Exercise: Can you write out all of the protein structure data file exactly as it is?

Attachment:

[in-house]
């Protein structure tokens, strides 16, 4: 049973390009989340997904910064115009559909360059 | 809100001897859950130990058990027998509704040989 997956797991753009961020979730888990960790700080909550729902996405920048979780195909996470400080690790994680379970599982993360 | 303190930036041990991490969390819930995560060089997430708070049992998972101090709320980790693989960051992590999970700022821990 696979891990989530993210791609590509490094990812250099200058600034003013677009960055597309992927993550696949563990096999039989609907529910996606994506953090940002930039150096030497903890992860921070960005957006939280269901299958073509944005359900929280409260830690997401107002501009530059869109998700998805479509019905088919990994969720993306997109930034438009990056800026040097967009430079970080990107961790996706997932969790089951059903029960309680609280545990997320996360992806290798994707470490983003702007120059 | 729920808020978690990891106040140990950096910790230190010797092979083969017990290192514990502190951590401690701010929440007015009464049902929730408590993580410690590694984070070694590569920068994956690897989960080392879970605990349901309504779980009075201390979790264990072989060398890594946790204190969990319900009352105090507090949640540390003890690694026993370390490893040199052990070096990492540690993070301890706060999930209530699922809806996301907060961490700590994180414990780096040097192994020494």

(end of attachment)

[in-house]
């Protein structure tokens, strides 16, 4: 049973390009989340997904910064115009559909360059 | 809100001897859950130990058990027998509704040989 997956797991753009961020979730888990960790700080909550729902996405920048979780195909996470400080690790994680379970599982993360 | 303190930036041990991490969390819930995560060089997430708070049992998972101090709320980790693989960051992590999970700022821990 696979891990989530993210791609590509490094990812250099200058600034003013677009960055597309992927993550696949563990096999039989609907529910996606994506953090940002930039150096030497903890992860921070960005957006939280269901299958073509944005359900929280409260830690997401107002501009530059869109998700998805479509019905088919990994969720993306997109930034438009990056800026040097967009430079970080990107961790996706997932969790089951059903029960309680609280545990997320996360992806290798994707470490983003702007120059 | 729920808020978690990891106040140990950096910790230190010797092979083969017990290192514990502190951590401690701010929440007015009464049902929730408590993580410690590694984070070694590569920068994956690897989960080392879970605990349901309504779980009075201390979790264990072989060398890594946790204190969990319900009352105090507090949640540390003890690694026993370390490893040199052990070096990492540690993070301890706060999930209530699922809806996301907060961490700590994180414990780096040097192994020494």